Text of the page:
I think it works as a model to think with even if you reject the spiritual, though there’d be no potential obligation, of course.

      “[…]One day I noticed that, during her personal English study times, she had written out “the ROAD is with me, I will not be afraid” and stuck it on her wall. At the time I was studying Chinese philosophy, and so the connection between “dao” and “lord” and “road/way” was obvious to me. I guess trying to translate “logos” as “dao” is likely to have this amusing result.”
      Huh. If she was studying Daoism in English would she be as likely to translate 道 as “road”? My informal acquaintance with Daoism makes me want to guess probably not? I understand “path” in the metaphorical sense, and much more besides. But when Christianity talks about the “narrow road” or “the Way, the Truth, and the Life” it’s not got tons in common with the Daoist Dao, if I remember right.

      The particular word used there isn’t so important because in the context of John 1 he supplies the meaning, rather than relying on its original meanings.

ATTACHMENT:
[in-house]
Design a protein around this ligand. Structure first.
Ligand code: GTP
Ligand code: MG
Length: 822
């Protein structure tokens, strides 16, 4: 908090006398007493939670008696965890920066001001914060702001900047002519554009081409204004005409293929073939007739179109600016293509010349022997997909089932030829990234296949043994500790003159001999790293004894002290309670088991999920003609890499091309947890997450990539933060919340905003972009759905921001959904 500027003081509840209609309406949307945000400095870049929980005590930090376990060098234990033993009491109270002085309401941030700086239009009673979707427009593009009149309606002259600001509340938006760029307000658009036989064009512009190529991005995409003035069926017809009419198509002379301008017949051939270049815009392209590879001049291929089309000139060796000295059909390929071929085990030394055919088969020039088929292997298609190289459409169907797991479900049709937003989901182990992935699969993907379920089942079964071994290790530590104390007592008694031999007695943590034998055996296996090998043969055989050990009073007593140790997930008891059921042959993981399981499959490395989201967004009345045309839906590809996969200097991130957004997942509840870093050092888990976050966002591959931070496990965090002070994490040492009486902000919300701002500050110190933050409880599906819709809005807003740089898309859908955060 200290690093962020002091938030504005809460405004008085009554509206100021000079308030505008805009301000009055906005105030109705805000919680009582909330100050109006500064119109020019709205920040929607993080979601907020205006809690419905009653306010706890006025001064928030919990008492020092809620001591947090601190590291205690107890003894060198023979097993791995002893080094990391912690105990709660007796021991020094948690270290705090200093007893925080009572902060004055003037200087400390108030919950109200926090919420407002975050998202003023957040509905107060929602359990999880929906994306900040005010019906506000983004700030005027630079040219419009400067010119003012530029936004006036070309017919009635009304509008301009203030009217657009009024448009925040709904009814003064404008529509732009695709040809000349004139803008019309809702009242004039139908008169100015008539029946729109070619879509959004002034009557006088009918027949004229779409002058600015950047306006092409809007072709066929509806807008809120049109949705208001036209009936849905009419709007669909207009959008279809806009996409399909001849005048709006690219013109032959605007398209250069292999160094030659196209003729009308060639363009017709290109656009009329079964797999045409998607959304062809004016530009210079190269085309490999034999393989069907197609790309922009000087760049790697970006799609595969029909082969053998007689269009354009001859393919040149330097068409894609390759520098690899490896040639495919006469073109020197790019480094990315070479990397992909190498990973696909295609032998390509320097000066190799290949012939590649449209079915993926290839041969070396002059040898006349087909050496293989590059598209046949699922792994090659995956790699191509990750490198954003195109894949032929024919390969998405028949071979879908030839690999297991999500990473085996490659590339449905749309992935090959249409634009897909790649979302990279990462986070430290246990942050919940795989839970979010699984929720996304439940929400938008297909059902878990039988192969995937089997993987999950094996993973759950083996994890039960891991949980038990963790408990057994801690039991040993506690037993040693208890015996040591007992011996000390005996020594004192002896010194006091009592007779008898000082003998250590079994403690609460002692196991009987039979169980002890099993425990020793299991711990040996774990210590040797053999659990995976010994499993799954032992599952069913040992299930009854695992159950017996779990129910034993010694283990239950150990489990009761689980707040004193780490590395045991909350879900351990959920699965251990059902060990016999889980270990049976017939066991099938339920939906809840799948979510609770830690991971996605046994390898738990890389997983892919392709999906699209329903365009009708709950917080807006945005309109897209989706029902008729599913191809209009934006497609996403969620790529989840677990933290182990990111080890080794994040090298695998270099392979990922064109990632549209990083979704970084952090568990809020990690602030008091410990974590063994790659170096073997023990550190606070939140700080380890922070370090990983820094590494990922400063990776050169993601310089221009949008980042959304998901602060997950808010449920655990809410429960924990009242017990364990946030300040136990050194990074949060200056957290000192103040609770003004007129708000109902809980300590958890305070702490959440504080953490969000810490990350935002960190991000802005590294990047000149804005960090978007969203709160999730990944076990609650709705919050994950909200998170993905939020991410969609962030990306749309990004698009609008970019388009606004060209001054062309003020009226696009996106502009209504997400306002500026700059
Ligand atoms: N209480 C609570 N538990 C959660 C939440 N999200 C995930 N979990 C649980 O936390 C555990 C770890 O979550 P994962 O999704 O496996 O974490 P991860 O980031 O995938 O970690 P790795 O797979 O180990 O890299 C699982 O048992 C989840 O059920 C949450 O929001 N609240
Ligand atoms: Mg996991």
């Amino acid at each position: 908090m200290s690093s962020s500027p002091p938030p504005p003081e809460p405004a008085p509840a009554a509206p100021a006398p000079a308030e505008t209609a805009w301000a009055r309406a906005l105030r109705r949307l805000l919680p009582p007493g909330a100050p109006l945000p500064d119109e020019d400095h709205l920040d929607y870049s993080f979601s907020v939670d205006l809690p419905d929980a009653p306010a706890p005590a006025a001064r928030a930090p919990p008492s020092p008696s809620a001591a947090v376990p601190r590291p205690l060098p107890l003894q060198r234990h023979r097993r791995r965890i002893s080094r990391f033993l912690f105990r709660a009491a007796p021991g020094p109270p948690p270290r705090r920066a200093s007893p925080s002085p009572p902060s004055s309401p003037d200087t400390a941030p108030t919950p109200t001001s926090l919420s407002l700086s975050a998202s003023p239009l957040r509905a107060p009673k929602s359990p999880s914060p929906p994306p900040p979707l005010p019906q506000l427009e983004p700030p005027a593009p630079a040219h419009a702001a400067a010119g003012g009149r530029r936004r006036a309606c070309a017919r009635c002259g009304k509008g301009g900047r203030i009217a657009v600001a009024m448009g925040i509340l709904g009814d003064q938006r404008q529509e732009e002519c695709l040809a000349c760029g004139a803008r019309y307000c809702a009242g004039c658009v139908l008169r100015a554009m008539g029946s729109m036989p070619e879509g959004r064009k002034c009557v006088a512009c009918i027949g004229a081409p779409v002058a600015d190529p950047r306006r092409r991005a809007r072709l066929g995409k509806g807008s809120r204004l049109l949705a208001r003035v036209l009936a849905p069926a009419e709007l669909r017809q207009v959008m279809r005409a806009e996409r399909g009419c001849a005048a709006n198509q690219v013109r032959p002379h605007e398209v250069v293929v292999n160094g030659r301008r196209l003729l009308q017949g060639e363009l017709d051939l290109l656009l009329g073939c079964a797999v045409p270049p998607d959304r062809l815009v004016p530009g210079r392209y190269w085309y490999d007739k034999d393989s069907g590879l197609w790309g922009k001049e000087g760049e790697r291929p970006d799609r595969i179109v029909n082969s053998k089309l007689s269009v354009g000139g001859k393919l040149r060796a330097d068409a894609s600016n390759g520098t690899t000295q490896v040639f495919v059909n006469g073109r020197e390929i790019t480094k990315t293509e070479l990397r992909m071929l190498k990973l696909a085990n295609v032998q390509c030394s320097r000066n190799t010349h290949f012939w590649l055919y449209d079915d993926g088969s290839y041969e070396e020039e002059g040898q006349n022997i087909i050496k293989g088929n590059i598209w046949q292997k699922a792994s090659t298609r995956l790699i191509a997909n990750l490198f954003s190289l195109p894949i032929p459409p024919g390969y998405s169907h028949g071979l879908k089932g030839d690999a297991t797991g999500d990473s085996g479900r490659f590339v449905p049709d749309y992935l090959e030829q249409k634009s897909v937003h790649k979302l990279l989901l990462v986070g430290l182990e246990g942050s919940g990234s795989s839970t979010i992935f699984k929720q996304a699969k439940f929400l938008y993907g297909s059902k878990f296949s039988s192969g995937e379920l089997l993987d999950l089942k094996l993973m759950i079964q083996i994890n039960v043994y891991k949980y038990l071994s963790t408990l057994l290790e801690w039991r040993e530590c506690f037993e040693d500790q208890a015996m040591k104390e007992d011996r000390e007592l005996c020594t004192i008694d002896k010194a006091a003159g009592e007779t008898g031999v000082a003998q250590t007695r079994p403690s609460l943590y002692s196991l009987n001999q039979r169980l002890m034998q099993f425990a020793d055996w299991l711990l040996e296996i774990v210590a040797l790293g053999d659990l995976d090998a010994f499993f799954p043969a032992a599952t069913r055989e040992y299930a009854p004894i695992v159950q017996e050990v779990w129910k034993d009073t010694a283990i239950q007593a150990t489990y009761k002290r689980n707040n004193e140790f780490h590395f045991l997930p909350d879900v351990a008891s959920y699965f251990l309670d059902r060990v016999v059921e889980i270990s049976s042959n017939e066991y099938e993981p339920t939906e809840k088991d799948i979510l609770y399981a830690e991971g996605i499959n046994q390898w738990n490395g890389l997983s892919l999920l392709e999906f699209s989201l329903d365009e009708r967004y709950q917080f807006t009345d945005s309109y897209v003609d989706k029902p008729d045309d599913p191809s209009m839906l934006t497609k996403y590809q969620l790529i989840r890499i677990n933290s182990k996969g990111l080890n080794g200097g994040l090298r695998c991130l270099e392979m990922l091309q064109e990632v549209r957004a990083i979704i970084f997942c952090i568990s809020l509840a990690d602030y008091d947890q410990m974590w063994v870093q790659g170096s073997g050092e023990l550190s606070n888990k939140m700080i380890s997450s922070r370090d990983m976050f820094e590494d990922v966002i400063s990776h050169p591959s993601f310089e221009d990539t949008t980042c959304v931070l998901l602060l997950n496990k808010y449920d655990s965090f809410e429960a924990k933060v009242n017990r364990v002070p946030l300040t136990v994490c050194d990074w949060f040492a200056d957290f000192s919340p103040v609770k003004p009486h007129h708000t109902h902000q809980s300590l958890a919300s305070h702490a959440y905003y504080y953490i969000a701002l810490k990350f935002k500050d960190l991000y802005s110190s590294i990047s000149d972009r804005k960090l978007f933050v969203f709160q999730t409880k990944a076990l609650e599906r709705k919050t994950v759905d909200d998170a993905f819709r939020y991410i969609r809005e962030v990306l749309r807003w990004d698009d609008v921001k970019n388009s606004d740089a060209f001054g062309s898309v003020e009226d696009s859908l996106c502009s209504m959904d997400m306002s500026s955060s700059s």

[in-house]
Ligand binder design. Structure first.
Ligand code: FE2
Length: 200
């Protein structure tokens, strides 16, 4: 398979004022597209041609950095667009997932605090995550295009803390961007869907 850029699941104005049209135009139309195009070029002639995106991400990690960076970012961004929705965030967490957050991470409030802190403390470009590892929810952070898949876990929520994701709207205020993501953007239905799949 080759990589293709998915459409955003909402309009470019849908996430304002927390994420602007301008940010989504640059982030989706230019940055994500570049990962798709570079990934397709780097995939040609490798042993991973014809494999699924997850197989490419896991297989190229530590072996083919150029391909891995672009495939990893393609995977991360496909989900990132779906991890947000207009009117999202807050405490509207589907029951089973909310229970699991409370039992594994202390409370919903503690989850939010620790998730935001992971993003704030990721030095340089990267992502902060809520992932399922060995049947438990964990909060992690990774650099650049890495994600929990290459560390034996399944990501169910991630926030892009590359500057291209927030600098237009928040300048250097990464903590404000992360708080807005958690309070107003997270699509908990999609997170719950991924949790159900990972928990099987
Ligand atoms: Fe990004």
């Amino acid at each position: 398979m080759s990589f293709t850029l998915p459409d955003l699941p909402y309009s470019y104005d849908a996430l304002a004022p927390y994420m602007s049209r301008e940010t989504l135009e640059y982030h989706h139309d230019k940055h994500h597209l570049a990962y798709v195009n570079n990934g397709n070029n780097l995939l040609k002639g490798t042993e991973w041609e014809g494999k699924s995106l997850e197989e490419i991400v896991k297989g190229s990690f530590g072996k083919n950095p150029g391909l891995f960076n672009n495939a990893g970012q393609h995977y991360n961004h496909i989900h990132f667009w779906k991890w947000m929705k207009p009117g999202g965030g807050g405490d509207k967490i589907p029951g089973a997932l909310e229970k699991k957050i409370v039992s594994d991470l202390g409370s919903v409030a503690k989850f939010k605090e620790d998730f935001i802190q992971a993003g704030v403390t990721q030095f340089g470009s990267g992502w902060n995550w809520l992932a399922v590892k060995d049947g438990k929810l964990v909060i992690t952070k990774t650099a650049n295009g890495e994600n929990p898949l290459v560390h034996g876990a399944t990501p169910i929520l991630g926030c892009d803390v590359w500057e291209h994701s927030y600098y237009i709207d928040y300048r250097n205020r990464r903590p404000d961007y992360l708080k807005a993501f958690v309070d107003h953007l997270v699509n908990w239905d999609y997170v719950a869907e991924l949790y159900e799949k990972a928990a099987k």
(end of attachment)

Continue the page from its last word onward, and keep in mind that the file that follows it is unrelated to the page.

I am curious about your thoughts on this translation. I mean, “logos” had its origins in reason; “dao” had its origins in action, and there are many different, sometimes contradictory, daos. They are not really equivalent words. And neither had anything to do with the Ultimate Being or Creator. (Yeah, I know words change their meaning over time.) So, is this really the standard translation? And in your experience does this translation help Chinese who are new to Christianity to understand the concepts? I don’t see how logos and Dao could possibly be equivalent concepts except in the broadest terms. But where they overlap is enough for John’s purposes.